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. Last Updated: 07/27/2016

Menendez Brothers Found Guilty

LOS ANGELES -- A jury in the retrial of Erik and Lyle Menendez found the brothers guilty of first degree murder, rejecting their claim that years of sexual and emotional abuse lead them to shoot their parents in 1989 after a confrontation in their Beverly Hills mansion.

The Menendez brothers could face the death penalty for their crimes because the Van Nuys Superior Court jury found them guilty Wednesday of special circumstances of lying in wait and multiple murder. Hearings in the penalty phase will begin Monday. The two face a minimum punishment of life in prison without parole.

Erik, 25, and Lyle, 28, sat stone-faced as a clerk read the verdicts to a courtroom packed with the defendants' family and friends, journalists and spectators. After the jurors announced their verdict, Erik Menendez stood up, sighed heavily and looked at his grandmother, seated in the spectator section, and mouthed the words, "I'll be all right," and then, "I love you." His brother made no eye contact with anyone as the two were led away.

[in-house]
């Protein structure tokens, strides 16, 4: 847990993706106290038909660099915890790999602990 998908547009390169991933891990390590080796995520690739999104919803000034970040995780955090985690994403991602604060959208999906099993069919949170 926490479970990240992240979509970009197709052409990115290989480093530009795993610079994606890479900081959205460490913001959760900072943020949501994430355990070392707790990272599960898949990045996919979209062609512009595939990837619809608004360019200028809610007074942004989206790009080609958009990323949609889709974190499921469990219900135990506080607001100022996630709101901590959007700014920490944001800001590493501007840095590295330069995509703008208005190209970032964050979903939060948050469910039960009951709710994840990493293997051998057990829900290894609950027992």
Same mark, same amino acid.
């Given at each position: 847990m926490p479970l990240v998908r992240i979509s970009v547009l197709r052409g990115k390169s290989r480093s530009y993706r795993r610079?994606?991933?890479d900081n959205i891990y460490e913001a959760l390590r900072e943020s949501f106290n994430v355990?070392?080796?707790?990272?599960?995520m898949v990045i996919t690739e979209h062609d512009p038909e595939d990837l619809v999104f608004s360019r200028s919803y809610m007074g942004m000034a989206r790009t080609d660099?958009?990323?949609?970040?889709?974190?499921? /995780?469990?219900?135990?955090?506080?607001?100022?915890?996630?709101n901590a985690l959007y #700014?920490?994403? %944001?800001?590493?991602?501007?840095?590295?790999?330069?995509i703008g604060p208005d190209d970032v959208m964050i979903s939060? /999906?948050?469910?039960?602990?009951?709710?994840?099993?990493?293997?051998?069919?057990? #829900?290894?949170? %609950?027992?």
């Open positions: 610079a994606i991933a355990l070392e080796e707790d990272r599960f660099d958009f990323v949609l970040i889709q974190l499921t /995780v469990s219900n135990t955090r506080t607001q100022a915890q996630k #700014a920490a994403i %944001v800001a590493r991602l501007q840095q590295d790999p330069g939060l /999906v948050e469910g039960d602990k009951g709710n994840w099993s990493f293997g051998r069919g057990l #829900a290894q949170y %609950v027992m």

Superior Court Judge Stanley Weisberg issued a gag order barring discussion of the case by lawyers, jurors, witnesses and family members until sentencing is decided.

The verdict was a stunning turnaround from the first trial, which ended in mistrial when two separate juries deadlocked over whether the brothers had murdered their parents, Jose Menendez, a Cuban-born film studio executive, and his wife, Kitty, on Aug. 20, 1989. The parents were found dead, in the family room, of multiple shotgun wounds.

Erik and Lyle Menendez initially claimed to police their parents must have been murdered by the mafia but had tearfully testified at the first trial that years of abuse made them fear for their lives and for that reason they purchased a shotgun and pumped 12 bullets into their parents.

At this trial, Weisberg severely restricted the number of experts the defense was able to call as character witnesses, saying they were irrelevant to the brothers' state of mind at the time of the killing. He also barred cameras from the courtroom, an apparent reaction to the O.J. Simpson murder trial that ended in October as this trial was beginning.